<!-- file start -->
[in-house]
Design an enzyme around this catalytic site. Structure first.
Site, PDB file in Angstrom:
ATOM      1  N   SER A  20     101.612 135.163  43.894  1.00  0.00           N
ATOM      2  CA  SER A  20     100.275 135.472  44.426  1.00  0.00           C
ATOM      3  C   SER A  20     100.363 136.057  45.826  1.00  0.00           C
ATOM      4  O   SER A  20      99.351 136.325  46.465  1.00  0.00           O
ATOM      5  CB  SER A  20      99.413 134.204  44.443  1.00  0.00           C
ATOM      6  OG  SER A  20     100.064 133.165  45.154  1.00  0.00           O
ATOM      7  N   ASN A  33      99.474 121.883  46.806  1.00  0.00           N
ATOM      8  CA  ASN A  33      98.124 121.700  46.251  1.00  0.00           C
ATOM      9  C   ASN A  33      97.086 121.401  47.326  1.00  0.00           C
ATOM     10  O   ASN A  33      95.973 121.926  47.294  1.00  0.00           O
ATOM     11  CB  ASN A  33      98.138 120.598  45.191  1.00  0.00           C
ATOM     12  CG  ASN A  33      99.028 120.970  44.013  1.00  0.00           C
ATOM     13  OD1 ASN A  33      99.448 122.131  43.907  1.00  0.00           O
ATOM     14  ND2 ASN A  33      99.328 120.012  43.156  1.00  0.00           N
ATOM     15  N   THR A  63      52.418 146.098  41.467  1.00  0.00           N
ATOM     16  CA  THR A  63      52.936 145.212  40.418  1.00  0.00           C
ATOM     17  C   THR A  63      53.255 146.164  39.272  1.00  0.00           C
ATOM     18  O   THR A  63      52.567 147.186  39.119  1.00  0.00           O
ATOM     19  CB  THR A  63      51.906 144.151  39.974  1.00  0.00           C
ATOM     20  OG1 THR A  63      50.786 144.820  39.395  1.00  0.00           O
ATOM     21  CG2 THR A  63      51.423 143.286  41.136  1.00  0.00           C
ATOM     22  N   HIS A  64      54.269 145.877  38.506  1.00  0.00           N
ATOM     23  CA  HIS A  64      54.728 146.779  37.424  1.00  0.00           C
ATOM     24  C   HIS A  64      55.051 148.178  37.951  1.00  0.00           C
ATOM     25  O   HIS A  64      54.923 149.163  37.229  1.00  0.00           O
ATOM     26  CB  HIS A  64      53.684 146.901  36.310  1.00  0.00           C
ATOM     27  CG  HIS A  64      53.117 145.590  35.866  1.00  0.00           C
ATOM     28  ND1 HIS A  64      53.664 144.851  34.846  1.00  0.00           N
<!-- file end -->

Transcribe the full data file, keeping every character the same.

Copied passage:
[in-house]
Design an enzyme around this catalytic site. Structure first.
Site, PDB file in Angstrom:
ATOM      1  N   SER A  20     101.612 135.163  43.894  1.00  0.00           N
ATOM      2  CA  SER A  20     100.275 135.472  44.426  1.00  0.00           C
ATOM      3  C   SER A  20     100.363 136.057  45.826  1.00  0.00           C
ATOM      4  O   SER A  20      99.351 136.325  46.465  1.00  0.00           O
ATOM      5  CB  SER A  20      99.413 134.204  44.443  1.00  0.00           C
ATOM      6  OG  SER A  20     100.064 133.165  45.154  1.00  0.00           O
ATOM      7  N   ASN A  33      99.474 121.883  46.806  1.00  0.00           N
ATOM      8  CA  ASN A  33      98.124 121.700  46.251  1.00  0.00           C
ATOM      9  C   ASN A  33      97.086 121.401  47.326  1.00  0.00           C
ATOM     10  O   ASN A  33      95.973 121.926  47.294  1.00  0.00           O
ATOM     11  CB  ASN A  33      98.138 120.598  45.191  1.00  0.00           C
ATOM     12  CG  ASN A  33      99.028 120.970  44.013  1.00  0.00           C
ATOM     13  OD1 ASN A  33      99.448 122.131  43.907  1.00  0.00           O
ATOM     14  ND2 ASN A  33      99.328 120.012  43.156  1.00  0.00           N
ATOM     15  N   THR A  63      52.418 146.098  41.467  1.00  0.00           N
ATOM     16  CA  THR A  63      52.936 145.212  40.418  1.00  0.00           C
ATOM     17  C   THR A  63      53.255 146.164  39.272  1.00  0.00           C
ATOM     18  O   THR A  63      52.567 147.186  39.119  1.00  0.00           O
ATOM     19  CB  THR A  63      51.906 144.151  39.974  1.00  0.00           C
ATOM     20  OG1 THR A  63      50.786 144.820  39.395  1.00  0.00           O
ATOM     21  CG2 THR A  63      51.423 143.286  41.136  1.00  0.00           C
ATOM     22  N   HIS A  64      54.269 145.877  38.506  1.00  0.00           N
ATOM     23  CA  HIS A  64      54.728 146.779  37.424  1.00  0.00           C
ATOM     24  C   HIS A  64      55.051 148.178  37.951  1.00  0.00           C
ATOM     25  O   HIS A  64      54.923 149.163  37.229  1.00  0.00           O
ATOM     26  CB  HIS A  64      53.684 146.901  36.310  1.00  0.00           C
ATOM     27  CG  HIS A  64      53.117 145.590  35.866  1.00  0.00           C
ATOM     28  ND1 HIS A  64      53.664 144.851  34.846  1.00  0.00           N